Short stories for English learners

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Level 1  

This news is about three students. They study in Istanbul. They go for a hike. The weather was windy. They plan it for one day.

They are in the mountains. The weather gets bad. They get lost. There are wild animals on the mountain. They are in the mountains for eight days. The mountain is very cold. They do not have enough food. They must eat insects.

One student has a phone. Its battery is almost dead, but he makes a phone call. He calls for help. The Turkish army comes. It saves the students.

Source: newsinlevels.com

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Dictionary

1) Study-verb /ˈstʌd.i/- to learn about a subjectespecially in an educational course or by reading books:

to study biology/chemistry

Next term we will study plants and how they grow.

She’s been studying for her doctorate for three years already.

2) Go-verb /ɡoʊ/- to travel or move to another place:

We went into the house.

I went to Paris last summer. Have you ever been there?

We don’t go to the cinema very often these days.

Wouldn’t it be quicker to go by train?

Does this train go to Newcastle?

Where do you think you’re going? Shouldn’t you be at school?

2)Hike-noun/haɪk/- a long walk, especially in the countryside

3) Plan-noun /plæn/- a set of decisions about how to do something in the future:

a company’s business plan

negotiated peace plan

holiday plans

a five-year plan

What are your plans for this weekend?

My plan is to sell the house and buy an apartment.

4) Mountains-noun /ˈmaʊn.tənz/-

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5) Weather-noun /ˈweð.ɚ/- the conditions in the air above the earth such as windrain, or temperatureespecially at a particular time over a particular area:

bad/good/cold/dry/hot/stormy/warm/wet/etc. weather

The weather in the mountains can change very quickly, so take appropriate clothing.

We’re going to have a picnic, weather permitting (= if the weather is good enough).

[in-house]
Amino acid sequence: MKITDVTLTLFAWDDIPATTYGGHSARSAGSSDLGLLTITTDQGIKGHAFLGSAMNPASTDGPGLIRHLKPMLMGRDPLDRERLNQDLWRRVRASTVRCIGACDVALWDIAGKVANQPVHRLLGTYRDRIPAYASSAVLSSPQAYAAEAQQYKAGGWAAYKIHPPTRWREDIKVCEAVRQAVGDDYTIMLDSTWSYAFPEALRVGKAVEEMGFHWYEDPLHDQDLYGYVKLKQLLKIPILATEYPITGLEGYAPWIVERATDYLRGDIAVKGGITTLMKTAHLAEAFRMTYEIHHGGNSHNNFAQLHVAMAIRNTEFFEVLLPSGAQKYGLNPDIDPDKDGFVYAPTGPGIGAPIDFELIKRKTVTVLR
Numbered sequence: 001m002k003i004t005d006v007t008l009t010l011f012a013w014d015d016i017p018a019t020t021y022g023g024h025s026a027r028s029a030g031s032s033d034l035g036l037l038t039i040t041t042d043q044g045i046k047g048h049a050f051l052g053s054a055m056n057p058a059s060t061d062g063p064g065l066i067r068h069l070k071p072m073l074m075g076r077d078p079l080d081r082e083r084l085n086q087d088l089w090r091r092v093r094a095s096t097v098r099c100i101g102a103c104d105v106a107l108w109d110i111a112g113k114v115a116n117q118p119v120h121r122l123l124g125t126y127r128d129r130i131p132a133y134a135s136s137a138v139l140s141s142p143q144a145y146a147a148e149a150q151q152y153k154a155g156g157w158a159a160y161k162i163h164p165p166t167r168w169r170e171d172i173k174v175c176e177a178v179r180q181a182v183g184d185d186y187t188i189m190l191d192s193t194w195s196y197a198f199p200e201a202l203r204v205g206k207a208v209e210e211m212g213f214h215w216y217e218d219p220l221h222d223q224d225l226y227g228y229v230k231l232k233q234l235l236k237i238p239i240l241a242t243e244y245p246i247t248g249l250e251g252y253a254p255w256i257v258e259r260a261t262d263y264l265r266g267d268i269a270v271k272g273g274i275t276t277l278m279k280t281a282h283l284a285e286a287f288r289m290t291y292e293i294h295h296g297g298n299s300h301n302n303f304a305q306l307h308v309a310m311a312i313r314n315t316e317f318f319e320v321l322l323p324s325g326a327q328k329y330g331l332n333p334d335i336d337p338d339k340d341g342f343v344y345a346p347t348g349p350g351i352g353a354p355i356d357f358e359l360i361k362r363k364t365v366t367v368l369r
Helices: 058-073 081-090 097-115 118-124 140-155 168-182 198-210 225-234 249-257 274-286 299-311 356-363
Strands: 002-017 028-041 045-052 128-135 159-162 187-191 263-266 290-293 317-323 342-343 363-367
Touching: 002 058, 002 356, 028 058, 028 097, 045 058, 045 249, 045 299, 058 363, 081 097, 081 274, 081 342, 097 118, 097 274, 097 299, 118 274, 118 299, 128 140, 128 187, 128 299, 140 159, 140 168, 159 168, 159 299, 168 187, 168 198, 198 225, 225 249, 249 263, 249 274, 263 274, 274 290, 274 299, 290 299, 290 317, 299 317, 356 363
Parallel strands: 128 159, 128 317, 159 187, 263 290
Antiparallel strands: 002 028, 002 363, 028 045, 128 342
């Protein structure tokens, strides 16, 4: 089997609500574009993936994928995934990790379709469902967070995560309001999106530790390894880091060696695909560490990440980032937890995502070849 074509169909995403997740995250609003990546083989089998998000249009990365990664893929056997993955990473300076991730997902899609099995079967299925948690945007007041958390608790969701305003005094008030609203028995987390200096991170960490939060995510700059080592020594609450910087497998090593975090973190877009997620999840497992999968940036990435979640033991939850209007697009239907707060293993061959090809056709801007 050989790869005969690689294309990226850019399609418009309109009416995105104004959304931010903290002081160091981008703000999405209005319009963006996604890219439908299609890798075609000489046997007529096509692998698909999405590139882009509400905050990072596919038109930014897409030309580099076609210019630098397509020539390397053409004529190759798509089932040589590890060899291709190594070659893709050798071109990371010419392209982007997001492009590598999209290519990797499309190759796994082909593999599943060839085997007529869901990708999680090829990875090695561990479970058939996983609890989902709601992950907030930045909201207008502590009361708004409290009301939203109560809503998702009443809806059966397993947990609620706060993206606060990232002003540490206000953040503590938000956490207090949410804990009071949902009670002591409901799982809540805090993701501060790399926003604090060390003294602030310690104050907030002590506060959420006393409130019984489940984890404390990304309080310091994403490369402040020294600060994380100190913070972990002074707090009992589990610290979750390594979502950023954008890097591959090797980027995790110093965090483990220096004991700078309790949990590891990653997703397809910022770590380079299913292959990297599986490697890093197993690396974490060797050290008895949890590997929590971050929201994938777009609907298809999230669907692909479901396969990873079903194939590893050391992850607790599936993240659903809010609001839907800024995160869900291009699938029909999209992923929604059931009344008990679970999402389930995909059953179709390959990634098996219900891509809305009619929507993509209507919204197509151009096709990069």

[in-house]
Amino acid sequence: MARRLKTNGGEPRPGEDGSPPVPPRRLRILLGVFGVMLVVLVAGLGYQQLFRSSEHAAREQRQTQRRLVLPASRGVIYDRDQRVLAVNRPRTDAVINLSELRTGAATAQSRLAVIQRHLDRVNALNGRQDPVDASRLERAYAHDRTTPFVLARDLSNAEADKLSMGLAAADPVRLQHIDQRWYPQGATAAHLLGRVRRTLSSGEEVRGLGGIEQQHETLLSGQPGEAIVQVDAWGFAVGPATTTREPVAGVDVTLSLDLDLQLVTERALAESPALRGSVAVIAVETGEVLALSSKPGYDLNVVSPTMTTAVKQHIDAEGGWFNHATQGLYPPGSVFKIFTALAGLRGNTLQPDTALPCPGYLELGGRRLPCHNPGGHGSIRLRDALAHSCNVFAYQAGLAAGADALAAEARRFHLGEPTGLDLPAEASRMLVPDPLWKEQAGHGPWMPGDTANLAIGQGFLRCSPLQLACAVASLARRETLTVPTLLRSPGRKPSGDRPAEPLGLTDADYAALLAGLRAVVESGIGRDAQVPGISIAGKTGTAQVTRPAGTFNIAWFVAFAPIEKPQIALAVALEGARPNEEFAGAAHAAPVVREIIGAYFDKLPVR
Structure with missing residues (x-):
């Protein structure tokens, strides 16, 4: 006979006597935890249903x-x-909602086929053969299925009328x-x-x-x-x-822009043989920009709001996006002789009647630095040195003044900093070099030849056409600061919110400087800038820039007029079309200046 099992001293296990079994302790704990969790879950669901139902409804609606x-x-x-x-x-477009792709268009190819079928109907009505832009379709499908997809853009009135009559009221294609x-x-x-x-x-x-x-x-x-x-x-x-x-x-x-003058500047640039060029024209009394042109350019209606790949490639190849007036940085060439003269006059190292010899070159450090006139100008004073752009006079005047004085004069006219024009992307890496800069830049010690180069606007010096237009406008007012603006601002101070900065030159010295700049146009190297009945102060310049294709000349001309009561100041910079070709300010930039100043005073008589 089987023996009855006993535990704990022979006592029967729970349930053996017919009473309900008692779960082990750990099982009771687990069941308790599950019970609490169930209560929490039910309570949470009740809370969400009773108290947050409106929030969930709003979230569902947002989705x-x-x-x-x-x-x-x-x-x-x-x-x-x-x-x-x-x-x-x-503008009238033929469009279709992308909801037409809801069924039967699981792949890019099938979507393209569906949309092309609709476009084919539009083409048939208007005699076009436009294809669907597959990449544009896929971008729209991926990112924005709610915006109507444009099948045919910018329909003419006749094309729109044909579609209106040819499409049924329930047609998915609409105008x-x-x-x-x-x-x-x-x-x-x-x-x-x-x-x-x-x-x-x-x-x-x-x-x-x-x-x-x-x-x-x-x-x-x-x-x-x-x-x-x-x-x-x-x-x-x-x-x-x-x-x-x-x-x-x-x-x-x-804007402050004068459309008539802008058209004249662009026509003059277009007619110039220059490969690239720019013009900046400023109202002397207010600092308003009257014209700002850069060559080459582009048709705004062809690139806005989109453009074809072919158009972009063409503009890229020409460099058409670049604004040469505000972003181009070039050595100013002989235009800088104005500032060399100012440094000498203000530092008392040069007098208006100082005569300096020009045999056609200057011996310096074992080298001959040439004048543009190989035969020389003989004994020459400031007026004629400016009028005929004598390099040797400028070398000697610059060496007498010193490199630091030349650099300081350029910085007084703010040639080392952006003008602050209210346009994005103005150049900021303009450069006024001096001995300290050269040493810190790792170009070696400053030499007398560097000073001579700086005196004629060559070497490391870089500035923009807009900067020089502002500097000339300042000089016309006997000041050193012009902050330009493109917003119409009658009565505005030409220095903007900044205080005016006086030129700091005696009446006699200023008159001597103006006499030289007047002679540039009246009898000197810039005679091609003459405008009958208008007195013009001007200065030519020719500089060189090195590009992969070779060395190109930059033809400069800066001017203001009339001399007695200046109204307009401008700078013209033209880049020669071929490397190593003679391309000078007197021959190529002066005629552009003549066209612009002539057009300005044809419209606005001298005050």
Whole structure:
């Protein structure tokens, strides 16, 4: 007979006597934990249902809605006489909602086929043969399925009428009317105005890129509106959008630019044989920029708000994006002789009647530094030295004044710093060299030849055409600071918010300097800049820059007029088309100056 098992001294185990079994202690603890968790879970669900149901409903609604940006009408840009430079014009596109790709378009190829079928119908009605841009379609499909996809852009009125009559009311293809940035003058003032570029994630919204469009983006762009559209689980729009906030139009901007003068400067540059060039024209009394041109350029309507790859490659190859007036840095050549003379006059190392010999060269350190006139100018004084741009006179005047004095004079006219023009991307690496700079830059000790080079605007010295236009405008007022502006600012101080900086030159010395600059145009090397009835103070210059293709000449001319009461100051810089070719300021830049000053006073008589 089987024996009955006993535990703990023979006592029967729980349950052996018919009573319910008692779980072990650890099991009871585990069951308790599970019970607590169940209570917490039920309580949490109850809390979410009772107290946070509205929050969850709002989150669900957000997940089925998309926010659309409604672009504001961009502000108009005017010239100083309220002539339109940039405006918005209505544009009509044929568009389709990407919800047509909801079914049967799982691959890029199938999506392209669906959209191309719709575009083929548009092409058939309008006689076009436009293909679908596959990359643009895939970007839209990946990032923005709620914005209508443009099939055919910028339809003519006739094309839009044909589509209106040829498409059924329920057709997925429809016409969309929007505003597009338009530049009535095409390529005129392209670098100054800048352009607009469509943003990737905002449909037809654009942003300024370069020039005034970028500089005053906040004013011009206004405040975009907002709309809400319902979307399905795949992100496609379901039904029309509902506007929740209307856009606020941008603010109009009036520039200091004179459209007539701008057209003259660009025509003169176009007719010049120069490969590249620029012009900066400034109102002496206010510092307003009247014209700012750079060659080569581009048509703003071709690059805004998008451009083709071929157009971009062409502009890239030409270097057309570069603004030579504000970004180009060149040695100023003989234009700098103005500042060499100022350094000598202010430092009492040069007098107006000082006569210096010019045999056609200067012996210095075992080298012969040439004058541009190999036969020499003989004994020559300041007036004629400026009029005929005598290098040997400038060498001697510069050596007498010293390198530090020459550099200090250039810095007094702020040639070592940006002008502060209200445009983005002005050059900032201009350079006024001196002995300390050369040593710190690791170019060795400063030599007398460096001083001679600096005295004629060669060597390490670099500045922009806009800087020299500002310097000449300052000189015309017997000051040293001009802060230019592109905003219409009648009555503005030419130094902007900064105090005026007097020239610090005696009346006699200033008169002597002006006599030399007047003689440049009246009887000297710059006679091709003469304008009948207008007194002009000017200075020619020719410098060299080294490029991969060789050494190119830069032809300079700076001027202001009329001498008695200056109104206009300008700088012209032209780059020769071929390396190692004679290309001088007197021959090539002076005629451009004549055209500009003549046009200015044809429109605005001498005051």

The weather is expected to remain clear for the next few days.

The match has been cancelled due to adverse weather conditions.

Fair weather was forecast for the following day.

The rescue operation has been complicated by bad weather.

The weather was good at the start of the week.

6) Get-verb /ɡet/ — to obtainbuy, or earn something:

He went to the shop to get some milk.

UK I think she gets about £40,000 a year.

We stopped on the way to get some breakfast.

managed to get all three suitcases for under $200.

How much did he get for his car? (= How much money did he sell it for?)

Where did you get your shoes from?

7) Lost-adjective /lɑːst/- not knowing where you are and how to get to a place:

I got lost in the New York subway system.

You look lost — can I help you?

Things tend to get lost when you move.

Lost: black cat with white paws.

Mikey turned up with the lost book.

Stick to the main roads and you won’t get lost.

When you got lost in the forest you must have been very frightened.

He gazed pensively at the glass in front of him, lost in thought.

My letter must have got lost in the post.

After three days lost in the mountains, all the climbers arrived home safe and sound.

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8) Enough-determiner, pronoun, adverb  /əˈnʌf/ — as much as is necessary; in the amount or to the degree needed:

Is there enough dessert/Are there enough desserts for everyone?

There are 25 textbooks per class. That should be enough.

Have you had enough (to eat)?

know enough about art to recognize a masterpiece when I see one.

He’s tall enough to change the bulb without getting on a chair.

9) Must-modal verb /mʌst/ — used to show that it is necessary or very important that something happens in the present or future:

Meat must be cooked thoroughly.

I must get some sleep.

You mustn’t show this letter to anyone else.

Luggage must not be left unattended (= it is against the rules).

 Must you leave so soon?

«Must I sign this?» «Yes, you must.»